New Zealand Scientists Find Rare Snail Fish 7,000 Metres Below the Sea
By Reissa Su | March 6, 2014 4:25 PM EST
New Zealand's NIWA scientists have discovered a rare, deep-sea fish last seen more than 60 years ago. Five of the hadal snail fish were caught in a trap 7,000 metres deep in the Kermadec Trench during the scientists' special research assignment between NIWA and the University of Aberdeen in Scotland.
A free diver exhales through his snorkel as he surfaces from the deep Pacific Ocean, Oceania, Kingdom of Tonga. May 21, 2011. REUTERS
The hadal snail fish is the second fish that has been caught alive. According to reports, it was only caught once many years ago. The deep-sea creatures are being examined at NIWA's laboratories in Wellington.
According to marine ecologist Dr Ashley Rowden, catching the snail fish took a lot of skill. He said it was tricky to set a trap in the deep sea. Baited traps were deployed to lure the snail fish. Scientists also sent cameras to capture images and take videos of other deep-sea fish and other organisms in the trench.
University of Aberdeen's Dr Alan Jamieson said that the researchers wanted to use the special trip to analyse the biochemistry of fish and other organisms living in deepest parts of the ocean. Scientists noted the presence of a compound known as trimethylamine oxide (TMAO) in fish. This compound indicated how deep they dwelled in water.
The snail fish caught in Kermadec at 7,000m had the highest levels of TMAO ever recorded. When combined with earlier data, scientists determined that a bony fish can survive in 8,200 metres under the sea.
Scientists have agreed that fish cannot survive in the deepest part of the ocean which falls between 8,200 to 11,000 metres.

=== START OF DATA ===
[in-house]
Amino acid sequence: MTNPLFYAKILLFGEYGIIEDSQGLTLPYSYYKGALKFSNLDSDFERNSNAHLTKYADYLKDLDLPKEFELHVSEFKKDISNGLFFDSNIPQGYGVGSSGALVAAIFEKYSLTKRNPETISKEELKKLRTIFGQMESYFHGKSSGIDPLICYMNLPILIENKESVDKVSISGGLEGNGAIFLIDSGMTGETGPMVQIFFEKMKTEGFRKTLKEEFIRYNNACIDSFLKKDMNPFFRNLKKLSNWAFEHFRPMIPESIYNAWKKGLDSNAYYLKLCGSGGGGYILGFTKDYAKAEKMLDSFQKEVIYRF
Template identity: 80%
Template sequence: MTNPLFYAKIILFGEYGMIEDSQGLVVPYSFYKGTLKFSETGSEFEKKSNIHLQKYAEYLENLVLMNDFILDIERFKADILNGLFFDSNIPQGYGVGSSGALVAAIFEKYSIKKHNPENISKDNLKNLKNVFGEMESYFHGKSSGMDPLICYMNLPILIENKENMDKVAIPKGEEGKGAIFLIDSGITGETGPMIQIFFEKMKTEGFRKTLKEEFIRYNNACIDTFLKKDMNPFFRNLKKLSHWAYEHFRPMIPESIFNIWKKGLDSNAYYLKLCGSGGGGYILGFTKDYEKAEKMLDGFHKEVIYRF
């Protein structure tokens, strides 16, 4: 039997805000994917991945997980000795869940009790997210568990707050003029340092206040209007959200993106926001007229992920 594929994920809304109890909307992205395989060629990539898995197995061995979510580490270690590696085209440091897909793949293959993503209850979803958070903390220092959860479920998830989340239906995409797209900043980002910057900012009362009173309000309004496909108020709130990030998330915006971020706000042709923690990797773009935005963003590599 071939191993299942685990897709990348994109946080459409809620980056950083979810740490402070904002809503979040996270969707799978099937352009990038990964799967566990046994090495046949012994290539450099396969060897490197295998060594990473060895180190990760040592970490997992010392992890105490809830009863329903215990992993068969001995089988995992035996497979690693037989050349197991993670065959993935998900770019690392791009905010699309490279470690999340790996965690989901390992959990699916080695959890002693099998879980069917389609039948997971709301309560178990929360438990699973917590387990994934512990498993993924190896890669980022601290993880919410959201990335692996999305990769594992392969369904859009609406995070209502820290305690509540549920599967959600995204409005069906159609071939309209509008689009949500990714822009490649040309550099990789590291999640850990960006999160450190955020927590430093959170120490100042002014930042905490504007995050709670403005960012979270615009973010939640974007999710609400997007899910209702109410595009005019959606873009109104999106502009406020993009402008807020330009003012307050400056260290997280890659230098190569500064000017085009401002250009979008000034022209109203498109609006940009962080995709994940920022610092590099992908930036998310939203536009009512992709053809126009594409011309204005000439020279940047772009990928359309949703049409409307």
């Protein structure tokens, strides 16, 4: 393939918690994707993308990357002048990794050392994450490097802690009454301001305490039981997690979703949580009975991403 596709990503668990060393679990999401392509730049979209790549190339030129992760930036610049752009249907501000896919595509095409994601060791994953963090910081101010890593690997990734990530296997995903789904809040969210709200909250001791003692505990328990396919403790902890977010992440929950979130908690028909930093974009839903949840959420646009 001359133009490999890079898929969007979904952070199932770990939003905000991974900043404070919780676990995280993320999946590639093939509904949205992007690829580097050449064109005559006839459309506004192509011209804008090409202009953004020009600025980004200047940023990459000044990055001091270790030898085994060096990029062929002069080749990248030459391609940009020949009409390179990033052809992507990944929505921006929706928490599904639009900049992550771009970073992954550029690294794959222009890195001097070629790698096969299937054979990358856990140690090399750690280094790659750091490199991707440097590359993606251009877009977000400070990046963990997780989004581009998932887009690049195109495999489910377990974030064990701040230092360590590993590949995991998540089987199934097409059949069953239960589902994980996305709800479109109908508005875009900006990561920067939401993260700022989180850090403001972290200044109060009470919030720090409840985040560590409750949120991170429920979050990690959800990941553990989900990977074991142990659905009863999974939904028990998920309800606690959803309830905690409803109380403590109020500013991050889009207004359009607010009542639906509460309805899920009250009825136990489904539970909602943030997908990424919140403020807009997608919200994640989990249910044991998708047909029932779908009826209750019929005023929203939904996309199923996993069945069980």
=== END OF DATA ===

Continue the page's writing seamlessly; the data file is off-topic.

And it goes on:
The findings of the research study were published in the Proceedings of the National Academy of Sciences journal.
Most of deep-sea fish remain untouched by fishermen
Meanwhile, scientists have discovered that 95 per cent of the world's fish remain untouched by fishermen. According to Australian researchers, most of the fish in the sea especially those that live in the deep have never been fished.
Mesopelagic fish or fish that thrive between 100 and 1000m below the surface make up most of the fish biomass in the world. Researchers have found that the secret to their survival is staying away from fishing nets.
Since mesopelagic fish remain untouched they may play a significant role in the flow of oxygen and carbon in the ocean.
To contact the editor, e-mail:
Most Popular Slideshows
- NFL MNF: Pittsburgh Steelers 30, Houston Texans 23 [PHOTOS]
- 2014 MLB World Series Game 1: San Francisco Giants 7, Kansas City Royals 1 [PHOTOS]
- 2014 MLB World Series - Game 2: Kansas City Royals 7, San Francisco Giants 2 [PHOTOS]
- NFL Thursday Recap - Denver Broncos 35, San Diego Chargers 21: Peyton Manning Has 3 TDs In Easy Win [PHOTOS]
Join the Conversation
- Xiaomi Redmi 1S vs. Sharp Aquos Crystal – Specifications, Features And Price Showdown
- ASUS Releases A Teaser Indicating The Arrival of New Zenfone and ZenWatch On October 28
- Boy Stoned To Death For Alleged Rape, Victim Receives Dowry From Militants
- Three Dual SIM Samsung Galaxy Note 4 Duos Variants Comes To China
- Russia is Creating Underwater Combat Robots to Protect its Arctic Territories
- ‘Lone Wolf’ Attack on Canada Parliament Hill Could be ISIS-Related
- Android Lollipop 5.0 Confirmed for Nov 3 Rollout as Nexus 6 Global Release Date is Delayed – Reports